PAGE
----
How to Build a Better Relationship with Your Credit Cards

Money Files

If your story is similar to my own, you might have opened your first credit card with the intention of building your credit. But, years later, your credit line increased and the way you use your card changed, perhaps without you even noticing. Instead of using your credit cards as a tool to boost your financial health or to earn cash back and rewards, now it’s just an easy way to make purchases and pay them back later. Or maybe not, if the balances are getting away from you. 

But, it’s not really an issue with credit cards, is it? Credit cards can be great financial tool as long as we’re using them in a financially mature way, which means understanding their benefits and costs and establishing better credit card practices that allow you to be intentional about how you spend your money.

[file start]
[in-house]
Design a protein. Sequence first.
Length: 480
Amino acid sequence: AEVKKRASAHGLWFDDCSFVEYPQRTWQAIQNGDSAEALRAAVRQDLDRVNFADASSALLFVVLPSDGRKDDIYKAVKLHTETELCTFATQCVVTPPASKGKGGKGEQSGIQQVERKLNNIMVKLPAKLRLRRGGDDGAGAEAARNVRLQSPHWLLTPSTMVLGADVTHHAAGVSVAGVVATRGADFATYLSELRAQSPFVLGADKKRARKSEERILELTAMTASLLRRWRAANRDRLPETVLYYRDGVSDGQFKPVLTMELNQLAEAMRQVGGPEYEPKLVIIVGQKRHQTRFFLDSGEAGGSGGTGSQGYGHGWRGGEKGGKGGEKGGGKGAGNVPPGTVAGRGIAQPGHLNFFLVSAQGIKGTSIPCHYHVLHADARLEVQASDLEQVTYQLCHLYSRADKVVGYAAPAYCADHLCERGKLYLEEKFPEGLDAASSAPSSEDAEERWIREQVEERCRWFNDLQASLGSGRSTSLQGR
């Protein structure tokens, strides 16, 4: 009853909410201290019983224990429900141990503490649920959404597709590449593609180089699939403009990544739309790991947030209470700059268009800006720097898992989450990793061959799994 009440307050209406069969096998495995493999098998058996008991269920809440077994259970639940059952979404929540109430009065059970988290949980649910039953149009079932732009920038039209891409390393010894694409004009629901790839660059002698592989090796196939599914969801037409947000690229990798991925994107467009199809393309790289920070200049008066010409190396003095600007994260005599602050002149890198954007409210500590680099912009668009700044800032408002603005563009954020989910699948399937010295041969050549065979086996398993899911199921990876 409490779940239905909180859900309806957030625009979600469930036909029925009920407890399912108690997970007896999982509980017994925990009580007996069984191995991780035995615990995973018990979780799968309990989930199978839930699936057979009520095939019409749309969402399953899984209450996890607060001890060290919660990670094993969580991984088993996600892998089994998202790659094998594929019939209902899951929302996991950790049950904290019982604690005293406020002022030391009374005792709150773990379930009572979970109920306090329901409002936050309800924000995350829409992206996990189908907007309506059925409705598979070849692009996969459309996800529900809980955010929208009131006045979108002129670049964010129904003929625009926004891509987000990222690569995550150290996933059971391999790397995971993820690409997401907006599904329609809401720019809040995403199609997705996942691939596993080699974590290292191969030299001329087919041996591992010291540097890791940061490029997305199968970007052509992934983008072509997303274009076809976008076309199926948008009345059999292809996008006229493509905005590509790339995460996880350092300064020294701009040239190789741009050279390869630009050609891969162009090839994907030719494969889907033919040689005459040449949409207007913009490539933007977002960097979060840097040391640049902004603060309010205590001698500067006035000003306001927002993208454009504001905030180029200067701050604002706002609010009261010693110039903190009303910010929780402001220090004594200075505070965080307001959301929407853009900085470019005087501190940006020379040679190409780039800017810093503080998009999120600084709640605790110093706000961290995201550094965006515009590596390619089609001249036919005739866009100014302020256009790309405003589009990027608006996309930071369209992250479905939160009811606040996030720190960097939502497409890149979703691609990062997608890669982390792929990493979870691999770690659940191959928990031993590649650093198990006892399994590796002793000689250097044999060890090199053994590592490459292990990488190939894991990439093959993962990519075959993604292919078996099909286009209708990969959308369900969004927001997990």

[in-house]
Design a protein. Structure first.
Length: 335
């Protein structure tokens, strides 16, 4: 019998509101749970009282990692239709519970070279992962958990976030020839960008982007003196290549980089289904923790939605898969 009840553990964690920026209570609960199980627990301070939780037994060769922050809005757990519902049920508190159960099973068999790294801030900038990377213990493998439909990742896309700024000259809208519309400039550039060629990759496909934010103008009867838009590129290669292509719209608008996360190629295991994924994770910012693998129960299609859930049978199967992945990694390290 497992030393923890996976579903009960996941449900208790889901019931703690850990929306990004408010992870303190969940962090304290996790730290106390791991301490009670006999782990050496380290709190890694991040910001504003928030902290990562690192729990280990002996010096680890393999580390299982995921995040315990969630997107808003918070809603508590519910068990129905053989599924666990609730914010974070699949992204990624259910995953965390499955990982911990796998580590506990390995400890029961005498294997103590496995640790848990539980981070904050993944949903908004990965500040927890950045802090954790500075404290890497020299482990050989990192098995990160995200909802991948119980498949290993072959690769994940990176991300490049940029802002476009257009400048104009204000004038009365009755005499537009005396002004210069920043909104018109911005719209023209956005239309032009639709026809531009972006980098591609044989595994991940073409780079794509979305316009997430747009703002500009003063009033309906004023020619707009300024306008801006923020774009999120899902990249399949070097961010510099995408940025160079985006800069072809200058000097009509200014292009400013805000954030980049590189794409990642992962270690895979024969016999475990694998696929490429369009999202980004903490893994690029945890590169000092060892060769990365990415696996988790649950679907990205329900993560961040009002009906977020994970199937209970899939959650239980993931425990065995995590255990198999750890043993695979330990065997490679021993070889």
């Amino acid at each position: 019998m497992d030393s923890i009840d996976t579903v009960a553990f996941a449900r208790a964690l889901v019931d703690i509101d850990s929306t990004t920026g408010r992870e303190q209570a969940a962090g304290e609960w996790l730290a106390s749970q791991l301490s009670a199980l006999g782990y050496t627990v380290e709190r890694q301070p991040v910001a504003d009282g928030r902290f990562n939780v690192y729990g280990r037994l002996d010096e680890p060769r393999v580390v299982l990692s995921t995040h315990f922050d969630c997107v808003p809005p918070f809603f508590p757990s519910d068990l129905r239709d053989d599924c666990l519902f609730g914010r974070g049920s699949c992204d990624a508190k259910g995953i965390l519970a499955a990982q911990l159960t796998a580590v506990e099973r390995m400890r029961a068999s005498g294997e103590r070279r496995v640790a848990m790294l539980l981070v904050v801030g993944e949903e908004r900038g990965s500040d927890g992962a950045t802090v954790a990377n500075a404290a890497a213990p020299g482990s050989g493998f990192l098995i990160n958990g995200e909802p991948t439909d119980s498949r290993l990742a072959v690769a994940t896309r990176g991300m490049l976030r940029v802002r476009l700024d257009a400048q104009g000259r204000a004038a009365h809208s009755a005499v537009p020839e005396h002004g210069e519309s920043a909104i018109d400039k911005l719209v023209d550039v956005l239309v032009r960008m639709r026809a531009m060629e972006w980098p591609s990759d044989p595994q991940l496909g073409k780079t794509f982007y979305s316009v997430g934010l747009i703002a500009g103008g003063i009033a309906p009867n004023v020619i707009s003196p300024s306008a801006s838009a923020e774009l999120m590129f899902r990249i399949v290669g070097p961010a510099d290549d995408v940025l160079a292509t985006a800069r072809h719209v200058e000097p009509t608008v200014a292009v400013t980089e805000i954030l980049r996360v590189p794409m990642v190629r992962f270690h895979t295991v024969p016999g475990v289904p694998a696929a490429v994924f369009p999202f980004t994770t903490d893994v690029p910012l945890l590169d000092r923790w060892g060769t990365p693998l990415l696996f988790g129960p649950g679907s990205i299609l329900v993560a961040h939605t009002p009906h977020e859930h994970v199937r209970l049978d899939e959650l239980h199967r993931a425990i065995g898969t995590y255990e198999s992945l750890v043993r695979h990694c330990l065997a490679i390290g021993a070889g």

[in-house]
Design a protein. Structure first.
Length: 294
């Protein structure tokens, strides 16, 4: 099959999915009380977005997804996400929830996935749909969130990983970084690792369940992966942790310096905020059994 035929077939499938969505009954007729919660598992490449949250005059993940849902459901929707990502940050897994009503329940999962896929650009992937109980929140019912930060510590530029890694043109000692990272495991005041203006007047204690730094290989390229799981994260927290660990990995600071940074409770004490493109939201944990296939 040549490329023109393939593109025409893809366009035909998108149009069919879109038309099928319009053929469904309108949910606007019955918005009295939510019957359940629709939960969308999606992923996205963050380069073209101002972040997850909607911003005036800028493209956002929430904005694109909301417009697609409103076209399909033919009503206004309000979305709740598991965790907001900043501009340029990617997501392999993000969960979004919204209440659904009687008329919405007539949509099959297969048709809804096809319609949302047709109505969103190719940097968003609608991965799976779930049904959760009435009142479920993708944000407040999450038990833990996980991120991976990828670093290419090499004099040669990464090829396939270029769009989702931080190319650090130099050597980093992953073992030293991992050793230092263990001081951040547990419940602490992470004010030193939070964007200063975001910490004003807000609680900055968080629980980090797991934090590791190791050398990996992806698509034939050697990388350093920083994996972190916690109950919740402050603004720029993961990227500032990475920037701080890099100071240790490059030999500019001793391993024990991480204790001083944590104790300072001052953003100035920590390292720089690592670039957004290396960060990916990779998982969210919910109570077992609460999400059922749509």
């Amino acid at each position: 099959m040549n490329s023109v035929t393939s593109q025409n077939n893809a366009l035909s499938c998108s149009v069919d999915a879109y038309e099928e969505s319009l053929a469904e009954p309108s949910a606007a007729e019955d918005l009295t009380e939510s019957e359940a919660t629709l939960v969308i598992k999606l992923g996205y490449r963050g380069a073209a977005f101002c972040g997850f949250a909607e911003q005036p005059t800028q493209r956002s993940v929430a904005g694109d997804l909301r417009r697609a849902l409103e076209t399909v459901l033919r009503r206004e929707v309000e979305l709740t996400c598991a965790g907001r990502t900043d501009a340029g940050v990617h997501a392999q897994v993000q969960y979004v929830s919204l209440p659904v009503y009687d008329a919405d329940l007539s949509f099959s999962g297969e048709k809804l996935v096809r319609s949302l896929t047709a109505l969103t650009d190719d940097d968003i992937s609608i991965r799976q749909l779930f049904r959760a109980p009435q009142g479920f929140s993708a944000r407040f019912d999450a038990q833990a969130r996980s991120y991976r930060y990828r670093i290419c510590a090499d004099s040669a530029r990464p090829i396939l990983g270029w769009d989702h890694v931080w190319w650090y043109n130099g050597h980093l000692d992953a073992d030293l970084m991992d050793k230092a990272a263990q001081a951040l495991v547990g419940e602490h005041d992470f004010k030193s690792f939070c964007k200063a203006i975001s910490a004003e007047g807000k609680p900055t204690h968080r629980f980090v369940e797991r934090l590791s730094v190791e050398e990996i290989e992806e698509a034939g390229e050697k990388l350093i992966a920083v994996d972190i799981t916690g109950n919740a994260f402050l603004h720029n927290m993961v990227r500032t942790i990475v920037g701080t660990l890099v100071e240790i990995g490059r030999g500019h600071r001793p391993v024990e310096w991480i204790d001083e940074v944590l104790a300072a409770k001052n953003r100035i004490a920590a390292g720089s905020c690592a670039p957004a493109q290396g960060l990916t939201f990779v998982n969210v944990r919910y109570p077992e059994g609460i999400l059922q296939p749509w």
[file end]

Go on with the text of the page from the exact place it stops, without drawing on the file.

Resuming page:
In today’s episode, I’m talking about the importance of identifying your intentions with your credit card use and understanding how you’re actually spending money when you use your card. I’m also sharing three tips that will help you be more intentional about how you use your credit cards. 

Whether you’re someone who is paying down debt or someone who pays their monthly balance in full, building a better relationship with your credit cards will build awareness of your spending as well as help you get out (and stay out) of debt.

In this episode, you’ll learn…

  • How credit card debt sneaks up on you if you don’t have a handle on your money [04:52]
  • Why you need to identify the role credit plays in your life [08:23]
  • Why it’s important to check whether your credit card is still serving you [09:39]
  • How to define the type of relationship you want to have with credit [10:54]
  • How knowing the interest rates and fees on your credit cards can help you avoid hidden costs [12:41]